Name: John Harry Yuill
Rank/Branch: O5/US Air Force, pilot [Blue 1]
Unit: 307th Strat Wing
Date of Birth:  29 July1934
Home City of Record: Boswell IN
Date of Loss: 22 December 1972
Country of Loss: North Vietnam
Loss Coordinates: 210125N 1055100E (WJ880210)
Status (in 1973): Released POW
Aircraft/Vehicle/Ground: B52

Other Personnel in Incident: Gary L. Morgan; William T. Mayall; David I. Drummond; William W. Conlee; Louis H. Bernasconi (all released POWs). Only B-52 crew recovered intact and alive.

y009.jpg (70518 bytes)

Official pre-capture photo

The photo above shows John Yuill (center of the photo, looking to his left), Hal Wilson and Dick Johnson
while in ccapivity.
(photo sent to RR by John Yuill).

Source: Compiled by Homecoming II Project 01 July 1990 from one or more of the
following: raw data from U.S. Government agency sources, correspondence with
POW/MIA families, published sources, interviews. Updated by the P.O.W.
NETWORK 2018. Updated 2019 with information from Justin Jackson-Mann.


SYNOPSIS: Frustrated by problems in negotiating a peace settlement, and
pressured by a Congress and public wanting an immediate end to American
involvement in Vietnam, President Nixon ordered the most concentrated air
offensive of the war - known as Linebacker II - in December 1972. During the
offensive, sometimes called the "Christmas bombings," 40,000 tons of bombs
were dropped, primarily over the area between Hanoi and Haiphong. White House
Press Secretary Ronald Ziegler said that the bombing would end only when all
U.S. POWs were released and an internationally recognized cease-fire was in

Linebacker II flights generally arrived over Hanoi in tight cells of three
aircraft to maximize the mutual support benefits of their ECM equipment and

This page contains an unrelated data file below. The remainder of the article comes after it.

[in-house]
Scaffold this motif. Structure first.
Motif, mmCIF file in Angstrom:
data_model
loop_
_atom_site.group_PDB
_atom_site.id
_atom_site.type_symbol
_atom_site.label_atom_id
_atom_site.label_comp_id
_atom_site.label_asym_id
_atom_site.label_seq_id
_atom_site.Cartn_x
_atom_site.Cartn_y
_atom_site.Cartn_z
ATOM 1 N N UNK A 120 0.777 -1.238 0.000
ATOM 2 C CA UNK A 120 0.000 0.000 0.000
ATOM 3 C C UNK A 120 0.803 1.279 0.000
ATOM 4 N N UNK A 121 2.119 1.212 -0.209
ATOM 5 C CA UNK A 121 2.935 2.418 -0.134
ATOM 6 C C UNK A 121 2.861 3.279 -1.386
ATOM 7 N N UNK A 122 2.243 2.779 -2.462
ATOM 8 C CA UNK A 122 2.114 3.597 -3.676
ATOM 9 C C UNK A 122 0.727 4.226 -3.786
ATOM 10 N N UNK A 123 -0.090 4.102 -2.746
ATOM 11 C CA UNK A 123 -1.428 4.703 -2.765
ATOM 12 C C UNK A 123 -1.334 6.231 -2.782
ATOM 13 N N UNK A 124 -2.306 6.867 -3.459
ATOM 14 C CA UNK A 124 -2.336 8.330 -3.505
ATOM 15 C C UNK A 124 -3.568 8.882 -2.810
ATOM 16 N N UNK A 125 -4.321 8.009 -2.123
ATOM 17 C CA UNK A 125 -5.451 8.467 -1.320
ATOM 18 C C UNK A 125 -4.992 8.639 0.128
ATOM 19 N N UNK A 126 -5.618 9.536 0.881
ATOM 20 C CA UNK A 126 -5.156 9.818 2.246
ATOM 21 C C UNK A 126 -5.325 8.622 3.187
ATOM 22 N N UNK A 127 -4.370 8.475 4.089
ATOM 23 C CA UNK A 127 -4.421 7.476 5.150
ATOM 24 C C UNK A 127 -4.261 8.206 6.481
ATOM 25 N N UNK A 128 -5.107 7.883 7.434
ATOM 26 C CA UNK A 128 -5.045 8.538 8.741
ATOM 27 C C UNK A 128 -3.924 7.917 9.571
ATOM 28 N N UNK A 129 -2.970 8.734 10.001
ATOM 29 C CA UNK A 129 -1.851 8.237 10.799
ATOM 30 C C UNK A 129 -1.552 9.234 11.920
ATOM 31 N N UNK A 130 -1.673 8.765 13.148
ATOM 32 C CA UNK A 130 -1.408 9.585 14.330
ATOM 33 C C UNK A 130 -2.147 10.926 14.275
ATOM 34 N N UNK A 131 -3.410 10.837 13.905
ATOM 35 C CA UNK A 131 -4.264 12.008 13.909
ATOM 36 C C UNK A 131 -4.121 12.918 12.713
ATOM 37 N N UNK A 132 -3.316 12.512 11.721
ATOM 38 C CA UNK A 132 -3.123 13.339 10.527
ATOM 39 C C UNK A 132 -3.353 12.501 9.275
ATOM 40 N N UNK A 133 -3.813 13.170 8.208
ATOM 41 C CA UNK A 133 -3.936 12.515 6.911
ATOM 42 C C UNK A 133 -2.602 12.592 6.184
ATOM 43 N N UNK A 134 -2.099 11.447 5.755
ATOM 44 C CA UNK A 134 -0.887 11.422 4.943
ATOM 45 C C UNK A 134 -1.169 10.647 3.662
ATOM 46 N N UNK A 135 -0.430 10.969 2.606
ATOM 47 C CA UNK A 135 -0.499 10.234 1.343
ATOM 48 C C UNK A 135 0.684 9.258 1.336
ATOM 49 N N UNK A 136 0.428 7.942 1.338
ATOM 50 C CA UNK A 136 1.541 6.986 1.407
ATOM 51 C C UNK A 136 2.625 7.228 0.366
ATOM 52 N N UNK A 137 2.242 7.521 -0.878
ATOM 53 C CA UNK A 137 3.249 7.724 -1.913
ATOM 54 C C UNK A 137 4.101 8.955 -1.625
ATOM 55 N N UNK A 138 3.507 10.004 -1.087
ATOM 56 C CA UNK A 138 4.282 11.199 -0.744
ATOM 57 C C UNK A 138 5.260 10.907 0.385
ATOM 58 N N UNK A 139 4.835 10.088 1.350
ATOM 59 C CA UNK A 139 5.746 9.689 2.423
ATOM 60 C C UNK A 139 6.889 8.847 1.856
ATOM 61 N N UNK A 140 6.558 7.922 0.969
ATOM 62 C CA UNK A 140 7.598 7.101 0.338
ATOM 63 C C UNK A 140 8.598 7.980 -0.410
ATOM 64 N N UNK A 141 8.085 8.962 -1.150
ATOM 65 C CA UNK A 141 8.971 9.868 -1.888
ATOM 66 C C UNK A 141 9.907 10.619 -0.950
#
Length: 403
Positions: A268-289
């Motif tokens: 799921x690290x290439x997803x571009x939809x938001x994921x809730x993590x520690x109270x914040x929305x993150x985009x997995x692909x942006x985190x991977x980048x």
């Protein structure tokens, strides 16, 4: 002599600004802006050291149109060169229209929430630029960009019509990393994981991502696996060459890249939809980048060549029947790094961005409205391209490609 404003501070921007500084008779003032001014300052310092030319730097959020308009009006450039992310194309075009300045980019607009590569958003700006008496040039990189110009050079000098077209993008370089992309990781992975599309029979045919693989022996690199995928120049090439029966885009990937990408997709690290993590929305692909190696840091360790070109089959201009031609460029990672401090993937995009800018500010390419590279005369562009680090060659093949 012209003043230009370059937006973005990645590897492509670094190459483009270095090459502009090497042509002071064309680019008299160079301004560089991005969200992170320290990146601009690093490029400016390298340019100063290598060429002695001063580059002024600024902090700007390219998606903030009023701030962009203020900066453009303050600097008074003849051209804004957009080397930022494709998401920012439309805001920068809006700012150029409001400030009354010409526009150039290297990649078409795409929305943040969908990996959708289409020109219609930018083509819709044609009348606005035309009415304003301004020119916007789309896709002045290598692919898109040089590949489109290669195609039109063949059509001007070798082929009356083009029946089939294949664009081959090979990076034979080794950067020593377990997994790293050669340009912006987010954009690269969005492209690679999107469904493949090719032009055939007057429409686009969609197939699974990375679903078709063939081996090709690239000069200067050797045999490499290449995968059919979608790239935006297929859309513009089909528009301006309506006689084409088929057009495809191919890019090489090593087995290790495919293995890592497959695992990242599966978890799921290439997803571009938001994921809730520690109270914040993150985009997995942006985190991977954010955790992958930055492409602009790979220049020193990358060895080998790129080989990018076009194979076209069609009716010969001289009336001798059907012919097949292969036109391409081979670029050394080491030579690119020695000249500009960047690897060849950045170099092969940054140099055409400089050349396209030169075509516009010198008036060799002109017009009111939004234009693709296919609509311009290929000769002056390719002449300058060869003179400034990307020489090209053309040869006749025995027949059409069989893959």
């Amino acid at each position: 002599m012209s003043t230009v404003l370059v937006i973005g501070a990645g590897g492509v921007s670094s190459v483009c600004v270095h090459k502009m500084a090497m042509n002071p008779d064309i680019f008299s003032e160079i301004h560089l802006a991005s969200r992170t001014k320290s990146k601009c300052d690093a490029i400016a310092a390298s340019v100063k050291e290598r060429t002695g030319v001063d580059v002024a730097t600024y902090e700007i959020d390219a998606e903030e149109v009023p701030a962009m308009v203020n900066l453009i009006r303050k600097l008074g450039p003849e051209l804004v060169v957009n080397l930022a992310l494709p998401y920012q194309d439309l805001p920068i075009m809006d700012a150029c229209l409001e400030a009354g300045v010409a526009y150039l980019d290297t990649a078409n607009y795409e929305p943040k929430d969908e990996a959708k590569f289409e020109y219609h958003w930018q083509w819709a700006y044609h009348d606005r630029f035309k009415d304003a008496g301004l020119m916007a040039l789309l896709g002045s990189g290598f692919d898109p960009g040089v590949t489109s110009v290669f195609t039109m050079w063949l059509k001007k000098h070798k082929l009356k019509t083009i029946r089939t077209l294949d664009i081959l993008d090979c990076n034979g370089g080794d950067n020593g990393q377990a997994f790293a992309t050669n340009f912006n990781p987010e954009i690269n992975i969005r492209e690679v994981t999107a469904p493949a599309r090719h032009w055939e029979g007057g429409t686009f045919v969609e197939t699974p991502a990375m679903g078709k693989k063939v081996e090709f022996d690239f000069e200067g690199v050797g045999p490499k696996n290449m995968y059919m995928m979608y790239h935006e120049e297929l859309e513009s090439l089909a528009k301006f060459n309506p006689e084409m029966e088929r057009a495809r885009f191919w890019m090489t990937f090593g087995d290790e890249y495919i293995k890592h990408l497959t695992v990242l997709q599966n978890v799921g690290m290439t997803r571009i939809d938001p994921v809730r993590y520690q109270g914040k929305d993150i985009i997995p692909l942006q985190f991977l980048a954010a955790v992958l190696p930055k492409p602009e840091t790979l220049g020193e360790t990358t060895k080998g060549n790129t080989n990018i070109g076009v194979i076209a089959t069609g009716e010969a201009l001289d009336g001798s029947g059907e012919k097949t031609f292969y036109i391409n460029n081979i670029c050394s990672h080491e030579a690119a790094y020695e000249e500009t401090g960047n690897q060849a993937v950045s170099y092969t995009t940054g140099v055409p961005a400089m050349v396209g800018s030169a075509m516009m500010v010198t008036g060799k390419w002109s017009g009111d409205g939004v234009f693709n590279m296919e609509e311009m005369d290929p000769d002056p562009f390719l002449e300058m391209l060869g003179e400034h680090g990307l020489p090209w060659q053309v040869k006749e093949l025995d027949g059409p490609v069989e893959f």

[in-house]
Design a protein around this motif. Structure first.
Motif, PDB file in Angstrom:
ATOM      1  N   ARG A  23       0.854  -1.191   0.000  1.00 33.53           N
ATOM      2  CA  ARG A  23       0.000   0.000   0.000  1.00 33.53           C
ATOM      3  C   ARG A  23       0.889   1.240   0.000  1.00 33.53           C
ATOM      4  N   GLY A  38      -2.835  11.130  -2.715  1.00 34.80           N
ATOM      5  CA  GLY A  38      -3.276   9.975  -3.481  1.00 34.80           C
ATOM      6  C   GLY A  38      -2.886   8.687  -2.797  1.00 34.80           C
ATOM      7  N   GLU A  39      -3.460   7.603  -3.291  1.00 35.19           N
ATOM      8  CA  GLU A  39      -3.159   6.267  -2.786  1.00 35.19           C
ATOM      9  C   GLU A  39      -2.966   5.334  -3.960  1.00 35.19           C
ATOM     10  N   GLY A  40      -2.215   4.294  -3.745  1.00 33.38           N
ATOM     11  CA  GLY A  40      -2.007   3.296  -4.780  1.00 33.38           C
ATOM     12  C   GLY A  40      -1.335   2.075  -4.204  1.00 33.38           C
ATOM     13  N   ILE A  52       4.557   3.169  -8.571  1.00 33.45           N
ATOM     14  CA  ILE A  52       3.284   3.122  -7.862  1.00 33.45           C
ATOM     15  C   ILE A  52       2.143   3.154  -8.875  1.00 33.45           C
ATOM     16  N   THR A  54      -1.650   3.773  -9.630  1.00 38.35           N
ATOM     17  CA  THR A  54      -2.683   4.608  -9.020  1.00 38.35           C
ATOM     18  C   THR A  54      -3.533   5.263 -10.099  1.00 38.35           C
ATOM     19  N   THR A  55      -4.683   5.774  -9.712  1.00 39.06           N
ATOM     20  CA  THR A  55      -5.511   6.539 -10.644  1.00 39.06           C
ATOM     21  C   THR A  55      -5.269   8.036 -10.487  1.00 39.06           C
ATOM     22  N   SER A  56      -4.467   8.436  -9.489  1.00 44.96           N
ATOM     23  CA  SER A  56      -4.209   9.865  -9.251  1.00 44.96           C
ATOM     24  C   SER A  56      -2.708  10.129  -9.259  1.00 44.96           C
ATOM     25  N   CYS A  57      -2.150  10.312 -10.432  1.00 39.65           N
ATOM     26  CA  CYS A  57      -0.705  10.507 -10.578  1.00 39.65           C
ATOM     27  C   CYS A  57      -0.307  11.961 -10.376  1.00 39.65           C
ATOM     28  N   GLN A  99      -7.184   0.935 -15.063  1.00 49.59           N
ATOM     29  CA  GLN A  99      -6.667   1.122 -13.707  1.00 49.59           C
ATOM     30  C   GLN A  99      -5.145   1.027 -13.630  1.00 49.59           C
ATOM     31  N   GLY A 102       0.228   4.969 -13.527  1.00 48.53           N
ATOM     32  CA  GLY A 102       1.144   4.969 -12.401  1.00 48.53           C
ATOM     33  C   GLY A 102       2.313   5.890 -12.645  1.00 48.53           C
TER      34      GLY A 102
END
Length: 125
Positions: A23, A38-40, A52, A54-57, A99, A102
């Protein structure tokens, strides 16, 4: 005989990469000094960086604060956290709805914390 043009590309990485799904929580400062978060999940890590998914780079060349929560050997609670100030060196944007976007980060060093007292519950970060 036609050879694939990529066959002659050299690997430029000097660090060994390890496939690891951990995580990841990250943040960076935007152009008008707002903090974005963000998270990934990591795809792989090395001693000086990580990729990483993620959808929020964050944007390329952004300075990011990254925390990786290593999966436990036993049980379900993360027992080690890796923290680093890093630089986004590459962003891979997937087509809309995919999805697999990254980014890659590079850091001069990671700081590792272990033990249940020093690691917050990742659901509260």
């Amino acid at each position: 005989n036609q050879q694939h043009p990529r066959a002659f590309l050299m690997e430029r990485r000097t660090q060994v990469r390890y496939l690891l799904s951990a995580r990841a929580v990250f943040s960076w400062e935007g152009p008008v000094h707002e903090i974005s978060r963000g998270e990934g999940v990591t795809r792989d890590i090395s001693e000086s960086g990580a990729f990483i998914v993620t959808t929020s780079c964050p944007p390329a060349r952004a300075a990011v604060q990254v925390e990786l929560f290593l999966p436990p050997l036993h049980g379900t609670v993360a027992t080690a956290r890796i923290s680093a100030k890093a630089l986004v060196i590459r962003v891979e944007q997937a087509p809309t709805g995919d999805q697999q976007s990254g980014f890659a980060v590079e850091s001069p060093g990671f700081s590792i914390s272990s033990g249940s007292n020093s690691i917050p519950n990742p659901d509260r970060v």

flew straight and level to stabilize the bombing computers and ensure that all
bombs fell on the military targets and not in civilian areas.

The pilots of the early missions reported that "wall-to-wall SAMS" surrounded
Hanoi as they neared its outskirts. The Christmas Bombings, despite press
accounts to the contrary, were of the most precise the world had seen. Pilots
involved in the immense series of strikes generally agree that the strikes
against anti-aircraft and strategic targets was so successful that the U.S.,
had it desired, "could have taken the entire country of Vietnam by inserting
an average Boy Scout troop in Hanoi and marching them southward."

To achieve this precision bombing, the Pentagon deemed it necessary to stick
to a regular flight path. For many missions, the predictable B52 strikes were
anticipated and prepared for by the North Vietnamese. Later, however, flight
paths were altered and attrition all but eliminated any hostile threat from
the ground.

Still, aircraft were shot down near the end of the campaign. On December 22,
1972, a B52 was shot down near Hanoi. Its crew included LTCOL John H. Yuill,
LTCOL Louis H. Bernasconi, LTCOL William W. Conlee, CAPT David I. Drummond,
1LT William T. Mayall, and TSGT Gary L. Morgan. This crew was exceptionally
fortunate--they were all were captured by the North Vietnamese. The captured
crew was held in Hanoi until March 29, 1973, at which time they were released
in Operation Homecoming. The U.S. did not know all of them had been captured.

Linebacker II involved 155 Boeing B52 Stratofortress bombers stationed at
Anderson AFB, Guam (72nd Strat Wing) and another 50 B52s stationed at Utapoa
Airbase, Thailand (307th Strat Wing), an enormous number of bombers with over
one thousand men flying the missions. However, the bombings were not conducted
without high loss of aircraft and personnel. During the month of December
1972, 61 crewmembers onboard ten B52 aircraft were shot down and were captured
or declared missing. (The B52 carried a crew of six men; however, one B52 lost
carried an extra crewman.) Of these 61, 33 men were released in 1973. The
others remained missing at the end of the war. Over half of these survived to
eject safely.

Since the war ended, over 10,000 reports have been received relating to
Americans missing, prisoner or unaccounted for in Southeast Asia. The crew of
the B52 shot down on December 22 was lucky to have survived and only have a
few weeks imprisonment. Many authorities are now convinced that many Americans
are still held captive in Southeast Asia. It's time we found them and brought
them home.


John Yuill retired from the United States Air Force as a Lt. Colonel in
April 1979. He and his wife Rose reside in Texas.



No good options: Vietnam POW shares story of captivity ... he became a prisoner of war with
Airmen at Sheppard AFB as part of POW/MIA Day events.
MORE INFO:    http://veterantributes.org/TributeDetail.php?recordID=1322